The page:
When you want to go big, this American Flag Layer Cake is the cake for you! This ultra tall cake mimics the American Flag on the inside with layers of red and white stripes and even a white star baked right inside. It feeds a big crowd so it's perfect for barbecues or Fourth of July celebrations.
Preheat the oven to 350 F, and line two baking sheets with parchment paper. Combine the cold cubed butter and sugar in the bowl of a large stand mixer fitted with the paddle attachment. Beat them together on medium speed until the butter is worked into the sugar and you have a smooth mixture. Don't beat until light and creamy, like you would with many cookie recipes—you don't want to beat too much air into it, or the cookies will spread!
Add the egg and beat until it's incorporated, then mix in the vanilla extract. Add the salt and flour, and mix on low speed until no streaks of flour remain. The dough should be thick, and not sticky. If you started with cold butter, and worked quickly, it should be cool enough to roll out and cut now. If it seems too soft to roll and cut, form it into a disc, wrap it with plastic wrap, and refrigerate for 30-40 minutes.
Roll the dough between two sheets of parchment until it is 1/4-inch thick. Cut small (2-inch) stars out of the dough and place them on the parchment-lined baking sheets. They won't spread much, so you can place them close together. Bake the cookies at 350 F for 4-5 minutes, just until they lose the raw shine in the middle. Do NOT cook them until they're fully baked! They should still be completely pale and just barely set when you take them out. If they have lost their sharp edges, press the cutter into them while they are still warm. Let them cool on the baking sheet before moving them. Re-roll the scraps of dough together and cut and bake more stars, until you've used all the dough. You'll need about 50-60 stars for this recipe.
To Make the Red Cake Layers:
[Follow this whole procedure TWICE if you want the full-sized cake!]
Preheat the oven to 350 F. Line two 9x2 or 9x3-inch cake pan with parchment rounds, and spray the parchment and pan sides with nonstick cooking spray.
Combine the sugar, cake flour, baking powder, and salt in the bowl of the stand mixer fitted with a paddle attachment. Mix on low speed for about a minute to combine the dry ingredients.
Lightly whisk together the egg yolks and about a quarter of the milk (it doesn’t have to be a precise measurement) and the vanilla extract, and set aside for now.
Add the remaining milk and the softened butter to the large mixing bowl and mix on low speed until the dry ingredients are moistened. Turn the mixer to medium speed and mix for a minute and a half.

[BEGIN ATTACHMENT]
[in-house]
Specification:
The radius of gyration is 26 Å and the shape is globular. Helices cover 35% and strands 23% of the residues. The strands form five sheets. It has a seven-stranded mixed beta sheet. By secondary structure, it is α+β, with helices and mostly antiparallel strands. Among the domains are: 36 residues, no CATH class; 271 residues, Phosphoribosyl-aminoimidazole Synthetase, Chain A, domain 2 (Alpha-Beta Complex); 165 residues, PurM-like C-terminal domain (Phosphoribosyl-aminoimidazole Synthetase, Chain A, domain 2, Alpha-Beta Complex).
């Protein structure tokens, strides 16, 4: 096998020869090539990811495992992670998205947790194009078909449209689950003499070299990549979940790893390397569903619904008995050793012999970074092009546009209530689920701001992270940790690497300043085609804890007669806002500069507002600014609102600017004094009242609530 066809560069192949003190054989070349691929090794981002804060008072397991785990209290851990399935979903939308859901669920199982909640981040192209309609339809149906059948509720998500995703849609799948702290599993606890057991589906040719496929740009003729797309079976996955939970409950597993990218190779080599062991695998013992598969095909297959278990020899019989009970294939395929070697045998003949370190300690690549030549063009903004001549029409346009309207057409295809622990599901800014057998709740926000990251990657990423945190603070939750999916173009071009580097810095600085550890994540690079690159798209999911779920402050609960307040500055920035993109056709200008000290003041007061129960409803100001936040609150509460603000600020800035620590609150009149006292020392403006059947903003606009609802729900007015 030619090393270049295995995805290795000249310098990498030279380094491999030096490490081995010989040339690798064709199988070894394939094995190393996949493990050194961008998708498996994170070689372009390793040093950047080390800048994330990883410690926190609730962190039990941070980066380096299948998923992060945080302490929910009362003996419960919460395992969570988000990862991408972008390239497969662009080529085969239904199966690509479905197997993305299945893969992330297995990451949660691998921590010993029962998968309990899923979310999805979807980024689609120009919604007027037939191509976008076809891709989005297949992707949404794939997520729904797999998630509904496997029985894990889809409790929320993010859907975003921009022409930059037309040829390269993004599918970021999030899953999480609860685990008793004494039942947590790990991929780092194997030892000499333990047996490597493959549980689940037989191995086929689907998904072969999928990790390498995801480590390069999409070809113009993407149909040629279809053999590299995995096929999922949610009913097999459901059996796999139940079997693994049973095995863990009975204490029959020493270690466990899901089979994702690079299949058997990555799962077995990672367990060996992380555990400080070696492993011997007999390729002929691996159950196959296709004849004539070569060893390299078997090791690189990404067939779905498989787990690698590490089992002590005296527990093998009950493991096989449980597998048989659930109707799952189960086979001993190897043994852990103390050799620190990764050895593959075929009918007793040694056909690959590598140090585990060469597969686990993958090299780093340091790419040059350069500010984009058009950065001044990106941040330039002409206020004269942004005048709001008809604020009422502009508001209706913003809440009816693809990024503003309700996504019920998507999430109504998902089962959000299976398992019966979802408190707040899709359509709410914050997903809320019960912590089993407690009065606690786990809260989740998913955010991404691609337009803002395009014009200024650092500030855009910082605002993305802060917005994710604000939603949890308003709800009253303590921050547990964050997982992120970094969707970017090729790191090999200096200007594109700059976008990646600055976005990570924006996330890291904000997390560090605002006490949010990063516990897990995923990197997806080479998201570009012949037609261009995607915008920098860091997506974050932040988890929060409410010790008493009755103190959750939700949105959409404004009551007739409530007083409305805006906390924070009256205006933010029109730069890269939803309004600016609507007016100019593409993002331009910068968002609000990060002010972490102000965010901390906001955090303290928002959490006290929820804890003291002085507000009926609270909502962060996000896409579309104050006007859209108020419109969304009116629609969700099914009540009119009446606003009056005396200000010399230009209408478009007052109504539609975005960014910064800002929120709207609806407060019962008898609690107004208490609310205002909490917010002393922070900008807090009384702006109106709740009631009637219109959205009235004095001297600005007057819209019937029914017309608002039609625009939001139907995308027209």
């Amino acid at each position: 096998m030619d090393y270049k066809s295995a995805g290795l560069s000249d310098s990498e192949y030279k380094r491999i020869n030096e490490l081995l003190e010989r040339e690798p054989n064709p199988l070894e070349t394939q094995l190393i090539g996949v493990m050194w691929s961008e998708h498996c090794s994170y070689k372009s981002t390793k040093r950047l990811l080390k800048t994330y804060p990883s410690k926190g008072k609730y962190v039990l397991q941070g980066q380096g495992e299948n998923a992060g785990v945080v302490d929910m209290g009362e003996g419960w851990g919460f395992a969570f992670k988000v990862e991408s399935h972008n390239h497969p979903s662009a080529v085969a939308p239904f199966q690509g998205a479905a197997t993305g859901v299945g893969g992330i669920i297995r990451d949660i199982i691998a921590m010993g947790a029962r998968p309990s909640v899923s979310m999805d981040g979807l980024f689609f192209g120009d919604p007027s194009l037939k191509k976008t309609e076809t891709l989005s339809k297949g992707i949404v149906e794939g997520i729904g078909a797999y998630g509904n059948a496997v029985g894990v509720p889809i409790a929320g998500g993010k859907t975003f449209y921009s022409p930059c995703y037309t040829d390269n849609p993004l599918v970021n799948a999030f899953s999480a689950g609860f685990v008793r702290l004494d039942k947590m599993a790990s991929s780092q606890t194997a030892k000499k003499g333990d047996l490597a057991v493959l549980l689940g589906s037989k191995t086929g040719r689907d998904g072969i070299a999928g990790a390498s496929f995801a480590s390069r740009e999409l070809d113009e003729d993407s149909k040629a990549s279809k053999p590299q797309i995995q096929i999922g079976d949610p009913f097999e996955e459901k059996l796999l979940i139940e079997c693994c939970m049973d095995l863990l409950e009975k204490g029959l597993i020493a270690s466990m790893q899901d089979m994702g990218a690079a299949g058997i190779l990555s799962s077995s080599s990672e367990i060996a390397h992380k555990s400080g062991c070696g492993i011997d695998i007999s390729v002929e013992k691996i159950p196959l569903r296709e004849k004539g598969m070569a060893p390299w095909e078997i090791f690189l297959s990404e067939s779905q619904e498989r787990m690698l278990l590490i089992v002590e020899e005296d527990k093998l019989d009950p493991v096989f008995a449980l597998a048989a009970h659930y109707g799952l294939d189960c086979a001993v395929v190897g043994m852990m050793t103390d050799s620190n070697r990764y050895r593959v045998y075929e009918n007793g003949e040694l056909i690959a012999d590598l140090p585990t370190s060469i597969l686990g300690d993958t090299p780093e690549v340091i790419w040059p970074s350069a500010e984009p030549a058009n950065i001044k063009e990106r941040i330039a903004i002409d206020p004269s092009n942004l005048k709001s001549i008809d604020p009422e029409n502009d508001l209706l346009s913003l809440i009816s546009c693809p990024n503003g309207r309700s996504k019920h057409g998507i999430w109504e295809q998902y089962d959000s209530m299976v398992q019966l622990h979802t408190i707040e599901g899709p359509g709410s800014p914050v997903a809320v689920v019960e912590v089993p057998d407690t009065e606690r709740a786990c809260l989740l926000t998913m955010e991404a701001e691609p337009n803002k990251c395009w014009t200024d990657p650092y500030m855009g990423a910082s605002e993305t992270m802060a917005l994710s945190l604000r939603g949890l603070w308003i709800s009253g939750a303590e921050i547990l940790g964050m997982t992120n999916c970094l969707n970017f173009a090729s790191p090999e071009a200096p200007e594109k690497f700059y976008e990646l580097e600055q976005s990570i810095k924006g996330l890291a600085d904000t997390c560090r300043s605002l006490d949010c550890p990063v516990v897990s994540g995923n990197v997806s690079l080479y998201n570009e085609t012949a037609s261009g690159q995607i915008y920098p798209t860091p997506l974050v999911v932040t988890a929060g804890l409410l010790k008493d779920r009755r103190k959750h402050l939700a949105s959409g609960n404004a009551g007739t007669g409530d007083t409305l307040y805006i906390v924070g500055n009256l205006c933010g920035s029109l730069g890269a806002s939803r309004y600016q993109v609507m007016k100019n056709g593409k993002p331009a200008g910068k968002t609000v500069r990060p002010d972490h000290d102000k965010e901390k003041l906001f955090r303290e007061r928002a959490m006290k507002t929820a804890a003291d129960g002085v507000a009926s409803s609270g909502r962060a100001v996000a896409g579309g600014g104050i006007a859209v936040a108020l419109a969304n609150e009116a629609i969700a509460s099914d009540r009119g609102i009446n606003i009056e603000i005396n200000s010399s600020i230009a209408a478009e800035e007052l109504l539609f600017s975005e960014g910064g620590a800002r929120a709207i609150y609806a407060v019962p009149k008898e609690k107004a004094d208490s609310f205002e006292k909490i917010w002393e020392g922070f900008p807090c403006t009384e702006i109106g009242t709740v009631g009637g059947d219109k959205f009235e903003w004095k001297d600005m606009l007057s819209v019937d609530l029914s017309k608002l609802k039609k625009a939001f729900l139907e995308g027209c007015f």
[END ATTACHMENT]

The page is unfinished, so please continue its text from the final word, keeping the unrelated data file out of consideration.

Add the egg yolk mixture in three batches, mixing for 20-30 seconds after each addition, until you have a smooth batter. Add the red gel food coloring and mix it in. Scrape the bottom and sides of the bowl with a rubber spatula, and give the batter a few more stirs to make sure everything is incorporated. Divide the batter between the two pans and bake at 350 F for 35-40 minutes, until the sides just start pulling away from the pan, and a toothpick inserted into the center comes out clean.
Let the cakes cool on a wire rack for 10 minutes, then gently turn them out and let them cool completely. I find it’s easiest to cut and stack cakes that have been chilled, so if you have time, wrap them with plastic wrap and put them in the freezer for at least 30 minutes, until they are firm but not frozen all the way through. If you are making these in advance, they can stay in the freezer for up to several weeks. Let them partially defrost, until they are firm but not rock-hard, before assembling.
To Make the Blue Cake Layer:
Prepare the blue batter as described above, using blue food coloring instead of red. Line a 9x3-inch cake pan with parchment and spray it well with nonstick cooking spray.
Spread a thin layer of cake batter (about 1/2-inch thick) in the bottom of the pan. Bake the cake for 10-15 minutes, until it puffs up and starts to set around the edges. Chill it in the refrigerator for 15 minutes until the pan is cool to the touch.
Arrange the star cookies in a ring around the outer edge of the cake, leaving a small margin at the edge. If you have a 3 1/2-inch circle cutter, it might help to place that in the middle of the cake pan, and use that as a guide to evenly space your cookies. Stand them upright (the partially baked cake should help prevent them from sinking) and press them as close together as possible. You will have some gaps between the outer edges of cookies—cut some cookies in half and press them into the gaps, to make the cookie ring stable and secure.